Often, I end up with leftovers after evenly dividing everything. If I have 18 Single Shares and six Double Shares, and nine apples, the Double Shares get the first six, and the rest go into an “extra basket.” The extra basket gets the random carrots or whatever that doesn’t evenly divide. It’s first come, first served for people to take whatever they want from the extra basket. Also, my cantaloupe or asparagus-loathing folks can put theirs in the basket, and take a handful of whatever they want to make up for it.

I have a 30-minute window for people to pick up their baskets. When they come, they bring their empty basket and sit it on my front porch, and then pick up their full basket. Often, they will also pay for the next week, so they only make one trip to my house.

My total time investment is about two to four hours each week. The bulk of that is on produce pick-up day. It might take a bit more time upfront getting things organized, but once it’s running, your time investment is much less.

What do I get out of running this co-op?

First, I take a free Single Share of produce for every 10 Shares sold. I do purchase Shares to help us meet our 18-Share minimum, if necessary. However, usually two to four hours of work gets me $40-$50 in free produce for my family. Since I do all the work, folks in my co-op don’t mind me taking free produce.

When calculating how many shares I have, I add my shares to the total, but don’t add the money. So I’m buying 30 shares of produce, with 28 shares of money.

The co-op also gives my children a chance to practice their math skills while sorting. And it gives them a excellent opportunity to serve others by lugging cases of produce into the dining room, sorting hundreds of apples, opening the doors, playing with littles while mom visits and carrying baskets out to vehicles. While we know many people in our co-op, there are many others who have joined by word-of-mouth. That has given us a tremendous opportunity to minster to others.

Deja Armstrong has been married for 16 years and is a homeschooling mom to 5. She spends about $400 per month on groceries. She’s values family and is about to launch a Titus 2 blog for women in her church.

Photo credits:

Super Savings Saturday

Here were my purchases for this week:

Target Trip: Spent $11.26 — Read the full details on this trip here.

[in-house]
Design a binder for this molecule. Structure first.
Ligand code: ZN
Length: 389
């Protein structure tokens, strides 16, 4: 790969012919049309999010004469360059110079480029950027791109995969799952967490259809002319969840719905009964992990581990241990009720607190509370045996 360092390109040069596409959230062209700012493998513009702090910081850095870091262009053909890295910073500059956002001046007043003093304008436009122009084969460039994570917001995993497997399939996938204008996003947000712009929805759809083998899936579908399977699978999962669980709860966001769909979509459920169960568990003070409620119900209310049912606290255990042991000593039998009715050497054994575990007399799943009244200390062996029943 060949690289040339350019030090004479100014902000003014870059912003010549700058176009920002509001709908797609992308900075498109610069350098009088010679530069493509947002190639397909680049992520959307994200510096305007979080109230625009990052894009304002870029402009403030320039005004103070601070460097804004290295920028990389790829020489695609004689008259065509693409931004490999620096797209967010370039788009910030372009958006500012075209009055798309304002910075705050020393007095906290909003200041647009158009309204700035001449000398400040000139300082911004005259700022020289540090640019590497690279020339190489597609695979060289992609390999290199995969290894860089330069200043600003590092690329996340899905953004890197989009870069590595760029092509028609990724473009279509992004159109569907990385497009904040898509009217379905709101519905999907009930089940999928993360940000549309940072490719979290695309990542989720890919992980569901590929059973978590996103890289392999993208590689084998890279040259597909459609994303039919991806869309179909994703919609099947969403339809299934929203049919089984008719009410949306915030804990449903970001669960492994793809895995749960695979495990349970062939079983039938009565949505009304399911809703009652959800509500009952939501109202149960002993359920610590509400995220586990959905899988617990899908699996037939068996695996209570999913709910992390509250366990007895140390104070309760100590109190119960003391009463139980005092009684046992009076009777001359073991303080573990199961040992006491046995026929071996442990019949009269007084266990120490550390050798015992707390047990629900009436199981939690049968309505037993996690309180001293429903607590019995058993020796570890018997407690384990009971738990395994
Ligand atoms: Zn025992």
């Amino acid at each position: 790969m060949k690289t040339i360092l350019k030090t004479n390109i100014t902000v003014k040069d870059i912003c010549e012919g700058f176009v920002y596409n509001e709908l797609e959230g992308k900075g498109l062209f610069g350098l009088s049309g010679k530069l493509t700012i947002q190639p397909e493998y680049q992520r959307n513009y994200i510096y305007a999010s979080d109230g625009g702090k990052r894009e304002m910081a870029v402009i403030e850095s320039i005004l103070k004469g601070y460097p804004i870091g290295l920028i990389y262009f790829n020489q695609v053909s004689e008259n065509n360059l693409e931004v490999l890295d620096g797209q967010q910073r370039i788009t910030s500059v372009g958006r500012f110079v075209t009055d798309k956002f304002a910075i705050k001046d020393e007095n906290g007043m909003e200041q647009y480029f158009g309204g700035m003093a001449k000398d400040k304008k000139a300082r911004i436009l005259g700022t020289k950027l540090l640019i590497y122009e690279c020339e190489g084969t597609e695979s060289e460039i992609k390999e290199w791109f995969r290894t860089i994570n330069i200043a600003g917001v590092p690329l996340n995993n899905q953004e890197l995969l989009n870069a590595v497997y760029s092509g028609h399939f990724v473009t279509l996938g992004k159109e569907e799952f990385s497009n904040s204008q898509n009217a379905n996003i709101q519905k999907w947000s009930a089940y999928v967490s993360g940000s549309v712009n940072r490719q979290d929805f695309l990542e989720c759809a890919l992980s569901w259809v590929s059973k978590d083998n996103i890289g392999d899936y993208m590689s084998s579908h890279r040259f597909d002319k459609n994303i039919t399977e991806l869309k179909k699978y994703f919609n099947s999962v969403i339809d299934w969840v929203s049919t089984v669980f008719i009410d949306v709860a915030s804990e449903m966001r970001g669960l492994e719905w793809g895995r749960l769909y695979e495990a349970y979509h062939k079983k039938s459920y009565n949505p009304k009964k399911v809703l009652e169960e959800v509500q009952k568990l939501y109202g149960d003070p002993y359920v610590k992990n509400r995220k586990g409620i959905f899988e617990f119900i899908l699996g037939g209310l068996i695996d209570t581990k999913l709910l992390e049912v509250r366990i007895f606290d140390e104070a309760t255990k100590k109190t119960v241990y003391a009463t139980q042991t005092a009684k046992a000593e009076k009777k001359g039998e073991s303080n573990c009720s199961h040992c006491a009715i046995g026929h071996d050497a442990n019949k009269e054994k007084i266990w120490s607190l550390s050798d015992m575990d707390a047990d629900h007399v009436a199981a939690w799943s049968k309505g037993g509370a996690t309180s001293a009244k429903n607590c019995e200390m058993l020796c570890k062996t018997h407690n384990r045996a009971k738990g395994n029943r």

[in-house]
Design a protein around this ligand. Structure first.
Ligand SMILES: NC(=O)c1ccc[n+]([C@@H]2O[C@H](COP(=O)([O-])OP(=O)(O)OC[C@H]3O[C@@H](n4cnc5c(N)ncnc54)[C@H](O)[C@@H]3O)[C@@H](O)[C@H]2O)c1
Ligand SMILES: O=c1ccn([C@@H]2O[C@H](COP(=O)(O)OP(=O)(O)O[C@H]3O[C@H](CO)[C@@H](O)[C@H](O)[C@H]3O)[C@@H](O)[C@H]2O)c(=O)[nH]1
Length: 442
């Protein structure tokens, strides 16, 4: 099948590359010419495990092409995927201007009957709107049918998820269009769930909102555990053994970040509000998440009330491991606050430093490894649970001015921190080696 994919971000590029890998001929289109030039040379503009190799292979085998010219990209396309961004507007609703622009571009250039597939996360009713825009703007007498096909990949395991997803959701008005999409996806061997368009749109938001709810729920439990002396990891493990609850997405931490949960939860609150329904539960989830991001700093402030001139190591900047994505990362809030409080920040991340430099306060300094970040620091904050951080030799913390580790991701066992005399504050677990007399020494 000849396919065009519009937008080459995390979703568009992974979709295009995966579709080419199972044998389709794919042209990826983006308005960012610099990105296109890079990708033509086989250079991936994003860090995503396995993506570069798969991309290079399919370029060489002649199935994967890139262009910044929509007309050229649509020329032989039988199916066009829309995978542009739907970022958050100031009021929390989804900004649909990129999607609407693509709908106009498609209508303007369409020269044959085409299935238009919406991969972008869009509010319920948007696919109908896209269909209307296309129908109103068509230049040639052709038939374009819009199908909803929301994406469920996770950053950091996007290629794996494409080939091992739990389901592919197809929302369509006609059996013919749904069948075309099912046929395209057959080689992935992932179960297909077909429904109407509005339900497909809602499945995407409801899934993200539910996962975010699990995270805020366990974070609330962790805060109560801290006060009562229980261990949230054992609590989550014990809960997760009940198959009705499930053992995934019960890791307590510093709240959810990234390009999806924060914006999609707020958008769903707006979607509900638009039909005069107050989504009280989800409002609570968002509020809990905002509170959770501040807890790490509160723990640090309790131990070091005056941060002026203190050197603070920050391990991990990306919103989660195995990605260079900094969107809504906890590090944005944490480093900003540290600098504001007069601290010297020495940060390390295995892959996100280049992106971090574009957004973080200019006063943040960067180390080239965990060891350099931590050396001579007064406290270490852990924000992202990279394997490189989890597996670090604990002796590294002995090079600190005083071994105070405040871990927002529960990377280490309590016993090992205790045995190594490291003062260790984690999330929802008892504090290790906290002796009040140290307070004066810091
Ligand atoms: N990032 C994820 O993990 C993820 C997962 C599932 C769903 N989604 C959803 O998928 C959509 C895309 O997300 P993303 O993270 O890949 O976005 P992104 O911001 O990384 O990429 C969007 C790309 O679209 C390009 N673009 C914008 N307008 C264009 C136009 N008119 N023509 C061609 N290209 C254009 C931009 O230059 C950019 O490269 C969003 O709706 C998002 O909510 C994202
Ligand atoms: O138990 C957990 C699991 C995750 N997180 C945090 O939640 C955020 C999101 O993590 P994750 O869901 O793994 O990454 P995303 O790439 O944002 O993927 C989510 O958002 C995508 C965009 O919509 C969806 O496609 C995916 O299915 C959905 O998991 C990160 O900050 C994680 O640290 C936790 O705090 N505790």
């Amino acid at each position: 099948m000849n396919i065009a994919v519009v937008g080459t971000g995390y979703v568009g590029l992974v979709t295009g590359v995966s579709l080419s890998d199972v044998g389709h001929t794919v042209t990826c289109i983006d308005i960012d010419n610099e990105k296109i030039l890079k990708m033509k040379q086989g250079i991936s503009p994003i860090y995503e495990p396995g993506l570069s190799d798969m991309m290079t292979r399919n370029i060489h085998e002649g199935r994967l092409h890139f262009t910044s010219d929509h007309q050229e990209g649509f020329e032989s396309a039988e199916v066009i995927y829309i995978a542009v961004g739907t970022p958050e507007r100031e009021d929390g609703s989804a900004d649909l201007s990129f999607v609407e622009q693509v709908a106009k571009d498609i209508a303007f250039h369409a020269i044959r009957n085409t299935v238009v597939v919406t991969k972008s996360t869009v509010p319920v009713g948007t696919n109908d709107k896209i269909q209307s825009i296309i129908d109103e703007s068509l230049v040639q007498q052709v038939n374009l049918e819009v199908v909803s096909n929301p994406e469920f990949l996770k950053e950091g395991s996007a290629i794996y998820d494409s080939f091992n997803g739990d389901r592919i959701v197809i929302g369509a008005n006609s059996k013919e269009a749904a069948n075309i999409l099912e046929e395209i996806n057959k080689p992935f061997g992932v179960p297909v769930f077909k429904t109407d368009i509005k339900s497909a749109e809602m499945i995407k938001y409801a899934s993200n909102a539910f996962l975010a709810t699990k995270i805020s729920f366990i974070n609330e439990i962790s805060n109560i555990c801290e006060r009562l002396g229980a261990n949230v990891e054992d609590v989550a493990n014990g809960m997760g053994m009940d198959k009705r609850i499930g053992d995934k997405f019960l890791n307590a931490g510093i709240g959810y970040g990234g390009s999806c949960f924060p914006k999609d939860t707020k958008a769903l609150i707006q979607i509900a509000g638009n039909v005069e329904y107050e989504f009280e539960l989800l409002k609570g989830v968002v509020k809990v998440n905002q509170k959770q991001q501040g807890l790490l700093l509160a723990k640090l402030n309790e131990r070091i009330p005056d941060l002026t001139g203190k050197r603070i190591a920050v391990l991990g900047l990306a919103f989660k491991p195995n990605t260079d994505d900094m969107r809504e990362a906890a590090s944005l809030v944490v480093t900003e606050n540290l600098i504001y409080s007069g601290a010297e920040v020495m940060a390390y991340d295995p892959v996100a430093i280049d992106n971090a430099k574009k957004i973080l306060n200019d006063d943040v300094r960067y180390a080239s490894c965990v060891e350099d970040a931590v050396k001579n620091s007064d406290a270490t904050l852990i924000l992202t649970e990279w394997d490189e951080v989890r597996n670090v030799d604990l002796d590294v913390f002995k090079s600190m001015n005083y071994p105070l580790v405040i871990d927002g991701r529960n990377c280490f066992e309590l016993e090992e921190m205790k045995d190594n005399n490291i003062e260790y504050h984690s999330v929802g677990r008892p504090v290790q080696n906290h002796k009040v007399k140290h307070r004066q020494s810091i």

Walmart Trip: Spent $4.14 — Read the full details on this trip here.

Dillons Trip: Spent $9.44 — Read the full details on this trip here.

My husband also picked up a gallon of milk earlier in the week, as well.

We’ve been eating mostly from the pantry and freezer the past few weeks in an effort to use up all of our perishables before our move. But we’ve pretty much eaten almost every last bit of them, so I’m not sure what we’re going to be eating in the coming two weeks while we’re in the midst of packing and moving to our new house.

I’m thinking we’ll subsist on cereal, fruit/veggies, burritos, sandwiches and probably a little fast food, too. And I’m not going to feel guilty if we spend a little more on groceries and food than usual over the next few weeks. In my view, there are seasons when it’s totally okay to loosen the reins a little bit when it comes the budget and just do what you have to do to get through a busy time.

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Did you snag any great deals or bargains this week or save money in other ways? If so, be sure to post about them on your blog and leave your link below. Please remember that this weekly round-up is to share deals you personally got and/or money you were able to save this week. In order to keep this weekly round-up focused on helping and inspiring others in their efforts to save money, links which have little-to-no content other than promoting affiliate links, etc. will be deleted. Also, to make it easy for everyone to navigate quickly through the links, your link must link directly to your Super Savings Saturday post.

Weekend Giveaway: Four Cansolidator Shelving Systems

Is your stockpile getting crowded and disorganized? Are you afraid some of your food is going to get outdated because you don’t have a system for using up the oldest items first? If that’s the case, then this giveaway is for you!

is a front loading system that automatically rotates up to 40 cans. It’s adjustable, expandable and stackable system and a takes the hassle out of can rotation and allows you to organize cans the way you want. The Cansolidator is easy to assemble and guarantees a more organized pantry in minutes.

We got to try out a and I was pretty happy with the results. We just stuck it on one of our pantry shelves, filled it with cans and we instantly had much more organization as well as space!

I also really liked that you’re able to see exactly what you have. When I just stick all the cans on the shelves — even if I have them grouped by type — I find that often items will get overlooked or I’ll forget I have them. With the , I can more easily see everything in my pantry.

Now, would I buy one of these? Well, definitely not for their retail price of $44. That’s just way too steep for me to even consider — and sort of seems to defeat the purpose of buying ahead and having a stockpile in the first place.

However, through next Friday (July 2, 2010), you can save over 50% on the Cansolidator when you use coupon code SAVE1 at checkout. That’s a much better price and would make me feel a little more comfortable about paying to organize my stockpile shelves.

To read more about this coupon code and other specials, check out the .

Would you like to enter to win a Cansolidator? Just click on the button below and type in your name and email address to be entered. Four winners will be chosen and posted on Monday.